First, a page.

Coming off the peninsula on the North Gower road, one enters Gowerton and begins to meet the community whose recent history is the history of coal, steel and tin. Like the rest of south Wales, it has suffered terribly from the economic decline of, especially, the past two decades.

Villages such as Loughor, Pontybrenin, Penllergaer, Penyrheol, Garden Village and Grovesend have over the years melded together around the central village of Gorseinon, but their sense of identity as separate communities remains strong, as I found out during the election campaign when I accused someone from Loughor of living in Gorseinon. She gave me the strong impression that she would much rather have been described as a "Jerk" than as a resident of her neighbouring village.

Those communities have learnt, often the hard way, the importance of solidarity to achieve common objectives and to enable fulfilment of individuals. They are strong, Welsh, socialist-minded villages where people and families look out for one another and are prepared fiercely to combat what they perceive as injustice. That is probably even more true of the separate settlements of Pontardulais, Garnswllt, Craig Cefn Parc, Pontlliw, Felindre and Clydach, all directly to the north of Swansea.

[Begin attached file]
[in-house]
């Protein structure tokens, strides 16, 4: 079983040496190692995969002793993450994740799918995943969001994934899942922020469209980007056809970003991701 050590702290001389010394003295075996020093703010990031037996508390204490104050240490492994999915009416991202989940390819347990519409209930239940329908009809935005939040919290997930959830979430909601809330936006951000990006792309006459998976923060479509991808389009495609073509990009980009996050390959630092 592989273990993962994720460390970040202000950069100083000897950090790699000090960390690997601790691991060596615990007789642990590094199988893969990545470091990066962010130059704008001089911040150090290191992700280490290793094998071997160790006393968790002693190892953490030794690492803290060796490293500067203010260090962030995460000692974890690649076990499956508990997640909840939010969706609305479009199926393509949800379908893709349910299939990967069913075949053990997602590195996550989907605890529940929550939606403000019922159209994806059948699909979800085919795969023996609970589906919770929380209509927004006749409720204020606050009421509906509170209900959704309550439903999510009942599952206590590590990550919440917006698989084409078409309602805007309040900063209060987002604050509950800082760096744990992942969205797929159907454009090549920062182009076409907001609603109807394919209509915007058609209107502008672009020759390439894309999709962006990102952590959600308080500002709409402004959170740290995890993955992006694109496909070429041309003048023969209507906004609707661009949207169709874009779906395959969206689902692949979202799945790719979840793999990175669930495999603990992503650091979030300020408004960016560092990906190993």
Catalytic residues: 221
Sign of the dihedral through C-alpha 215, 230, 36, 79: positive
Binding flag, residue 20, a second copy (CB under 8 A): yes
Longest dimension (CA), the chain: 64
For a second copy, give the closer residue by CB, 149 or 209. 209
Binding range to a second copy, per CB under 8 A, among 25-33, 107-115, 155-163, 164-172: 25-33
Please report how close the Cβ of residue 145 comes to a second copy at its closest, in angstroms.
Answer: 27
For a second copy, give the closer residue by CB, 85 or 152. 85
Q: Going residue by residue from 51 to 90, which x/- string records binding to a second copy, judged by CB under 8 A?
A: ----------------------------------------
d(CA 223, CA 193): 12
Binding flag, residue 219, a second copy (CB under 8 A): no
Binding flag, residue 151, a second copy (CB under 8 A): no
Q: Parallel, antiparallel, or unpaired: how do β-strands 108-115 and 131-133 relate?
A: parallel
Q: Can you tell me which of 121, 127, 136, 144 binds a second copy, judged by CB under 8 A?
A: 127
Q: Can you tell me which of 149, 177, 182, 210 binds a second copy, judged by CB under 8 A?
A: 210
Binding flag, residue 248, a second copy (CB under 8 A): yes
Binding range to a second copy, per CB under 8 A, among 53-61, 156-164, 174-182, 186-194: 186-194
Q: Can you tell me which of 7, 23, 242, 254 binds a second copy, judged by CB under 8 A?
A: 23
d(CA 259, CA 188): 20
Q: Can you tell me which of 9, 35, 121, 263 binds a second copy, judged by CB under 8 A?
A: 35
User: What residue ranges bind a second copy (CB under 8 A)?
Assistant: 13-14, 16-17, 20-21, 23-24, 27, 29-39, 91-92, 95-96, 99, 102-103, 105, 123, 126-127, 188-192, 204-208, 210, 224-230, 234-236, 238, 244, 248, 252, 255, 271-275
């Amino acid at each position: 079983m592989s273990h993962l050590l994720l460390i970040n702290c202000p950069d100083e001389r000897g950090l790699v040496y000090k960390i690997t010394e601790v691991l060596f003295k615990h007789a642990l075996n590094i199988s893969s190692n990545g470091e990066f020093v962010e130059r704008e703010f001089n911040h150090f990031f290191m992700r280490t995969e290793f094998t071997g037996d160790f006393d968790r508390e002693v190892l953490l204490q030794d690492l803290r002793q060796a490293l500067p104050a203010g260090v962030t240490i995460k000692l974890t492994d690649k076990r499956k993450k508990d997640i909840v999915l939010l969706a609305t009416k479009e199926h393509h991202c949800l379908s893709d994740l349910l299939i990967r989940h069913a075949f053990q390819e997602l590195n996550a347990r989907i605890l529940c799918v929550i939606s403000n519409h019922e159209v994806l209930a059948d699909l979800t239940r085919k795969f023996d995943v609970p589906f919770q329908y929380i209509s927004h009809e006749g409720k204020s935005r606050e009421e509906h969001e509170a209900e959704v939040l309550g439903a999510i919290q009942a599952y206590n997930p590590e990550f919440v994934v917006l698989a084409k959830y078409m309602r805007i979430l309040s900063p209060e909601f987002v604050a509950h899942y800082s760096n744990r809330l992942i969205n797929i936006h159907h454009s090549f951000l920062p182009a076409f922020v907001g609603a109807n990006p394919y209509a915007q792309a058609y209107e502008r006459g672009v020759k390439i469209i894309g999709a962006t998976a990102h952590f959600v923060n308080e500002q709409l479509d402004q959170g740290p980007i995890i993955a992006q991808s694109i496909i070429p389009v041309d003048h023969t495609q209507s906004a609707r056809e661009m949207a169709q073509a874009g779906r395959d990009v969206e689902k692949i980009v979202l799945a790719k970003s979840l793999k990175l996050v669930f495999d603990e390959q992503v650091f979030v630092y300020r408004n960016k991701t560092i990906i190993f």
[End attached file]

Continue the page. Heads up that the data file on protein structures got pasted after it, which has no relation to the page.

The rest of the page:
The tragedy of those communities is that so much of the tremendous talent and quality that exist there has been undervalued and wasted for so long. Very few jobs have come in to replace those lost in mining and steel. Even the small number of manufacturing employers based in the constituency have been shedding jobs in recent years. The decline is reflected in the commercial centres of the larger villages. One has only to walk the main streets of Clydach, Gorseinon or Pontardulais and see the number

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of empty shops and charity shops to understand why the posters declaring "Britain is booming" that sprouted this spring seemed like a sick joke to people who live there.